2009 - International Communication Association Pages: 25 pages || Words: 6211 words || 
4. Frisby, Brandi. "Instructor-Student and Student-Student Rapport in the Classroom" Paper presented at the annual meeting of the International Communication Association, Marriott, Chicago, IL, May 21, 2009 Online <PDF>. 2019-11-22 <>
Publication Type: Conference Paper/Unpublished Manuscript
Review Method: Peer Reviewed
Abstract: The purpose of this study was to examine relationships between student-student rapport, instructor-student rapport, and classroom connectedness, perceived student participation, affective learning, and cognitive learning. Students (N= 232) reported on their perceptions of interpersonal interactions with instructors and peers. Results show that instructor rapport and classmate rapport were related to perceptions of classroom connectedness. Instructor rapport, student rapport, and classroom connectedness were positively related to participation. However, only instructor rapport emerged as significant predictor of participation, affective learning, and cognitive learning.

2017 - Comparative and International Education Society CIES Annual Meeting Words: 442 words || 
5. Kim, Sujung., Kainuma, Naomi., Li, Wenyulin., Lee, Tsai-Chen., Zhang, Zidian., Segura, Alicia. and Gao, Shaojing. "“International” Students or “Internationalized” Students: Making and Unmaking of International Student Identities" Paper presented at the annual meeting of the Comparative and International Education Society CIES Annual Meeting, Sheraton Atlanta Downtown, Atlanta, Georgia, <Not Available>. 2019-11-22 <>
Publication Type: Panel Paper
Abstract: In this presentation, we will discuss first, the motivation to initiate this course at the administration level. Second, the transformational process how the undergraduate interns’ self-identities are shifted after their arrival on campus into “international students,” and how the undergraduate seminar course have guided them to reconstruct their own identities from international students to empowered critical intellectuals at the US university. Third, how the course graduate teaching assistants, who are serving as the course instructors, have changed their perception of undergraduate international students and the ways in which they empower themselves through the course.
In the existing  literature, international college students, who are enrolled in post-secondary institutions in English-spoken economically advanced countries, are mainly discussed as ‘educational consumers’ or ‘a source of revenue.’ In Rizvi (2006) and McCarthy’s (2015)  studies, international students are greatly interested in acquiring postsecondary certificates from economically advanced countries such as the U.S., Canada, and Australia. With their awareness of the high market value of college and university diploma especially of the top-tier colleges and universities of those English-spoken economically advanced countries, these students in the literature are mainly portrayed as self-entrepreneurs who utilize their study abroad as a crucial opportunity to accumulate their qualifications for their future employment and to sustain their class privileges or to move upwardly in the social-class  structures.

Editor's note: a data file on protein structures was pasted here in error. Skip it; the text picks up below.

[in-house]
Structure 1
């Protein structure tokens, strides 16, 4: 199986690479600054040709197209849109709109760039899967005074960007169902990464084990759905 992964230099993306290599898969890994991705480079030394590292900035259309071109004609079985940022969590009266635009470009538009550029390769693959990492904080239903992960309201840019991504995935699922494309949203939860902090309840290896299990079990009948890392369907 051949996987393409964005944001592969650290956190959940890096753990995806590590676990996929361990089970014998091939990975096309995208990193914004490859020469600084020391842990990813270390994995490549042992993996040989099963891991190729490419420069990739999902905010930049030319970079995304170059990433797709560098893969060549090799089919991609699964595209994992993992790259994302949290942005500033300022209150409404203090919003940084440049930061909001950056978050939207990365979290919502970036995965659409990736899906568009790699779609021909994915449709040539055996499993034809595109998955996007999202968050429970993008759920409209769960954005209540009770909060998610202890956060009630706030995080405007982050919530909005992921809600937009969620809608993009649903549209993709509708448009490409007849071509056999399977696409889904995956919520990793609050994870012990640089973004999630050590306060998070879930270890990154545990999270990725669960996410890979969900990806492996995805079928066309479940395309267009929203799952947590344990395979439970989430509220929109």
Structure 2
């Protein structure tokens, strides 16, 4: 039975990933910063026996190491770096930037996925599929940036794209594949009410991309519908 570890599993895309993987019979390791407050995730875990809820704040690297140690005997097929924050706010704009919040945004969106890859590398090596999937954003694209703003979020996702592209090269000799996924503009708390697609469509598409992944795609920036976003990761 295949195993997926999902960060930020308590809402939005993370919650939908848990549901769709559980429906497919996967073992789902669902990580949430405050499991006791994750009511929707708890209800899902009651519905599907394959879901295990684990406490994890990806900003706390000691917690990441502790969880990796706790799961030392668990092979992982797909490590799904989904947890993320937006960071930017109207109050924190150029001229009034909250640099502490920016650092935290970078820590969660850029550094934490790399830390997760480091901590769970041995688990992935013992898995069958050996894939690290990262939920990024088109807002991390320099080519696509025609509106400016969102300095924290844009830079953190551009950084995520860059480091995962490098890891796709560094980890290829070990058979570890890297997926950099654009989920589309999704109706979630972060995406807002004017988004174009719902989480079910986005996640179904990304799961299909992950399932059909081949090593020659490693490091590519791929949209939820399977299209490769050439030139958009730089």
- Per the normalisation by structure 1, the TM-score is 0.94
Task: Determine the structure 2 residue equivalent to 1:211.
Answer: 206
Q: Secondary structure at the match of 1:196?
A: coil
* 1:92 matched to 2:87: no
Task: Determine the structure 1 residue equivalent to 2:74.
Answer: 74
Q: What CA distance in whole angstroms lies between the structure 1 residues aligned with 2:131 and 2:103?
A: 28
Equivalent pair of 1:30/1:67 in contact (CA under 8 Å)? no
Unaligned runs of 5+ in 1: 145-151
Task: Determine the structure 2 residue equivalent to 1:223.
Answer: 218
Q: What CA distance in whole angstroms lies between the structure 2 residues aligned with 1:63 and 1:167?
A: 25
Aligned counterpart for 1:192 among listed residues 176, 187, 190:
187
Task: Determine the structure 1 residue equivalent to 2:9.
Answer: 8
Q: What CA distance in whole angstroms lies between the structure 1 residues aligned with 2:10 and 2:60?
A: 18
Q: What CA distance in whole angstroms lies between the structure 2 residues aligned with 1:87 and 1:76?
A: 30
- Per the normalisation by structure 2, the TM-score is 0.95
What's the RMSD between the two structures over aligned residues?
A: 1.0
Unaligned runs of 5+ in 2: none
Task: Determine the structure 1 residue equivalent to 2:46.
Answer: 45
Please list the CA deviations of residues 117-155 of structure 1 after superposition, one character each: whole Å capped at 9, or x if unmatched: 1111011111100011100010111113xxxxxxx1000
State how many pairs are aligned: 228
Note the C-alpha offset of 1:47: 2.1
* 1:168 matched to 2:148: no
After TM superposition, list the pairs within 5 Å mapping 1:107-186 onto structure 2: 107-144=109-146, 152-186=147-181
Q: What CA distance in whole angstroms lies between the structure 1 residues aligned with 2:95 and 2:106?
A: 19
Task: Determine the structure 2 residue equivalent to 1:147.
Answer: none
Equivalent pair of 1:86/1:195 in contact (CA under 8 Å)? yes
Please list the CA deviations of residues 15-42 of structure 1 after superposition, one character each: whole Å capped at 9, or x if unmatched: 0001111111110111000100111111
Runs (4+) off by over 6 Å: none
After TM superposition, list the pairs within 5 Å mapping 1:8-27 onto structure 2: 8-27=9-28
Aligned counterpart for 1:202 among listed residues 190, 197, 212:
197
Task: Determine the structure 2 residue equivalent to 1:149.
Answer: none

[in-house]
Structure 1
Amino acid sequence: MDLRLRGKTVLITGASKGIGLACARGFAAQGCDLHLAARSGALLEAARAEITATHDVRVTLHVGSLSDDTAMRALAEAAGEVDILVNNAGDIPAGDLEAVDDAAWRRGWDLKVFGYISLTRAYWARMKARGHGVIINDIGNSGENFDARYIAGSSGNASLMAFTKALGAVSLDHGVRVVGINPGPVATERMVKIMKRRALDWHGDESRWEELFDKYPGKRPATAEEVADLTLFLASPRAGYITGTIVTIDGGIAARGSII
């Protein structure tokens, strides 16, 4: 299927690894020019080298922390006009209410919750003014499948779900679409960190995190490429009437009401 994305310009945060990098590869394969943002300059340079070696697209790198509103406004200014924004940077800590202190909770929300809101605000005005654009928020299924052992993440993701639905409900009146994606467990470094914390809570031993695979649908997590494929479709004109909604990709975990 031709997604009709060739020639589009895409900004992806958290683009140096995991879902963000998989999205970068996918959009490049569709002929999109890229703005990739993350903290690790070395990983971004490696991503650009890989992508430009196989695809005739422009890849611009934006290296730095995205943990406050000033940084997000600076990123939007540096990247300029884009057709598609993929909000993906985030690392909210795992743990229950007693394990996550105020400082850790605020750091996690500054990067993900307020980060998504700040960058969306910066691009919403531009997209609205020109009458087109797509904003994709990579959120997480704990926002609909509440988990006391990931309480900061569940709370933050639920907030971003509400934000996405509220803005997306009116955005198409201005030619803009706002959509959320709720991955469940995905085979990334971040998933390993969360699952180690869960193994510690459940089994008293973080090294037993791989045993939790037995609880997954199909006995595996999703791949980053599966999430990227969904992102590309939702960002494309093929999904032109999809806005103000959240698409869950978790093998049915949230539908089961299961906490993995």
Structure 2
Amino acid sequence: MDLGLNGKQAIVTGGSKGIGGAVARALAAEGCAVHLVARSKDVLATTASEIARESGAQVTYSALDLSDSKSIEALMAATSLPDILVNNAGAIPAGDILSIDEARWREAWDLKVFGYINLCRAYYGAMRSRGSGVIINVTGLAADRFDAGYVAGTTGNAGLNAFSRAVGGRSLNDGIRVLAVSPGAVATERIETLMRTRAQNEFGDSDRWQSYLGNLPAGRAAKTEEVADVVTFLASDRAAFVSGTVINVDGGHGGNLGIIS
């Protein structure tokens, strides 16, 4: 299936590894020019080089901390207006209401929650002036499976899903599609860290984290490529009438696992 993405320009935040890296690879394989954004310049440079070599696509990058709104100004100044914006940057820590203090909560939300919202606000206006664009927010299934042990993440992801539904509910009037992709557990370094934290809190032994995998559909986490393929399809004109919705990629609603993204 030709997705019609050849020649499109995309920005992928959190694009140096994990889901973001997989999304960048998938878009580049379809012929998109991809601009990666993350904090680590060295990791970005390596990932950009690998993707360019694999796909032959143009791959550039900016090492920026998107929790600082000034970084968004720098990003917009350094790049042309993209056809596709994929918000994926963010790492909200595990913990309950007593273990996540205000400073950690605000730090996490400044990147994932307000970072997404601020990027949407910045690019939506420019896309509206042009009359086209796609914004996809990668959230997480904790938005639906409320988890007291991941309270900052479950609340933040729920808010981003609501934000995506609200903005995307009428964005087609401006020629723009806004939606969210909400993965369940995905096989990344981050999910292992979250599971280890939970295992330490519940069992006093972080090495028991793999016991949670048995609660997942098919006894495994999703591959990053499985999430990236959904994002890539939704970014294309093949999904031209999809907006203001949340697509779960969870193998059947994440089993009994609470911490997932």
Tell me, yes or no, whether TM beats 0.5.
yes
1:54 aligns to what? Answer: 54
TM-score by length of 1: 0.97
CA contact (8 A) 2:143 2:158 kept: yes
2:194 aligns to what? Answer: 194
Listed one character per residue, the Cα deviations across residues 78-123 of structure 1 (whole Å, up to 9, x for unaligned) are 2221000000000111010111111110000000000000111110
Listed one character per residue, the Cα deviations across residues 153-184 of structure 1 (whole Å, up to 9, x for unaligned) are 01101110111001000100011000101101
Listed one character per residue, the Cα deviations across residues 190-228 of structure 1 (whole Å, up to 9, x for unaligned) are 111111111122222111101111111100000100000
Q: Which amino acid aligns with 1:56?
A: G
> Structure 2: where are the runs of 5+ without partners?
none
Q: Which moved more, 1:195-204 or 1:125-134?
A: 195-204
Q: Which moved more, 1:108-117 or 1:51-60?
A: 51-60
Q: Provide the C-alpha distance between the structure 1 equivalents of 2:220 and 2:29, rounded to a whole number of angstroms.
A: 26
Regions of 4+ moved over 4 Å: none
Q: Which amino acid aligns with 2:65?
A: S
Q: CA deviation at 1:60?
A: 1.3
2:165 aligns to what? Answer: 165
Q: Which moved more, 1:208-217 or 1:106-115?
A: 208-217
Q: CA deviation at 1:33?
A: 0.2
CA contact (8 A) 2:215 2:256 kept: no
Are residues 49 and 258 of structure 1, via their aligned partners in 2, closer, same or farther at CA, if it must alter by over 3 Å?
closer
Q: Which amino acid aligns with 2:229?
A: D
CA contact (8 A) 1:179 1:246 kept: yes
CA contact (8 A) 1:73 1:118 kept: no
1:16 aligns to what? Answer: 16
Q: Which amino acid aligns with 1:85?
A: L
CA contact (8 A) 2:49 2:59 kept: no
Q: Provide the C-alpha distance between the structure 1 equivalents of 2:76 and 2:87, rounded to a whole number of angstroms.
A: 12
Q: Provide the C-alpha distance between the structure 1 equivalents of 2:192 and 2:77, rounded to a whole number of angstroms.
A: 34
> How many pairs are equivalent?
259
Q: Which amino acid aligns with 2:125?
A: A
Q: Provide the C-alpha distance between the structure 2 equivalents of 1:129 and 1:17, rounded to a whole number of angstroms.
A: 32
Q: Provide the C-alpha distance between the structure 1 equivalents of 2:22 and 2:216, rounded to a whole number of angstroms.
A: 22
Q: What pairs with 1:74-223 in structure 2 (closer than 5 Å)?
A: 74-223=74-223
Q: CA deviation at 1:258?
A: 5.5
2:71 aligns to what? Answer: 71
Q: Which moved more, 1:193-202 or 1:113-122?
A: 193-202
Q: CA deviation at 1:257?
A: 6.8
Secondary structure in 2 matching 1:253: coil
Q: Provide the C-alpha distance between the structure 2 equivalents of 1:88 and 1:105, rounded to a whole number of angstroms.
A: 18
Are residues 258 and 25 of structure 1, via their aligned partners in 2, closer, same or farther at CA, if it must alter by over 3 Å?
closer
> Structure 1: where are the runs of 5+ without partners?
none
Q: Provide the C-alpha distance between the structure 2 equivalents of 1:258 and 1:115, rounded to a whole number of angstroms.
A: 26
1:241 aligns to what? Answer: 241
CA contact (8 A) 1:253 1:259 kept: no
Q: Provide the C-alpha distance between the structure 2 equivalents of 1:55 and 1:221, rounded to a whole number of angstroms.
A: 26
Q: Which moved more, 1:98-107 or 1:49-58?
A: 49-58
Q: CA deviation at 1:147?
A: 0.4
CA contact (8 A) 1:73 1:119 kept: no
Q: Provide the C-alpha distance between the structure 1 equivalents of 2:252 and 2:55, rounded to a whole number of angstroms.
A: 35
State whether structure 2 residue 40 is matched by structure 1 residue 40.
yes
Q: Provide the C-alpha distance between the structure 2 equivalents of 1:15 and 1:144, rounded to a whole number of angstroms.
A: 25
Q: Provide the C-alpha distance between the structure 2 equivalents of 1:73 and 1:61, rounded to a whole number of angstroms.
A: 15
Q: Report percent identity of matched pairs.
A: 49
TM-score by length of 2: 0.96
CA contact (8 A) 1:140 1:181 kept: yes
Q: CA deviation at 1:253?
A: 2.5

Building on the existing literature, our study especially pays attention to the shift of our own identity before and after our arrival at the University of Illinois at Urbana-Champaign. In particular, we focus on how we are identified by the institution and how our participation in the undergraduate seminar for enriching international students’ academic and social lives at the US university as an course administrator, instructors, facilitators or interns affect the shift on our own perspectives on our social identities and higher education.
One of the key findings of our community autoethnographic writing is that many of the students are “already cosmopolitan, already international” before they came to study in the US. However, it was the moment when they arrived on campus that they were categorized as “international students” and subject to various campus policies, from visa to tuition fee to residential and language policies, etc. In this presentation, student presenters will share their experiences and reflections on these different aspects of being “internationalized” and “otherized.” We argue that the categorization of ‘international students’ functions as a label that posit us outsiders by denoting our differences that may or may not be at the core of our own perceptions of our identities. This in turn functions as somewhat otherizing us as exotic foreigners and segregating us as someone who needs to be integrated into the mainstream.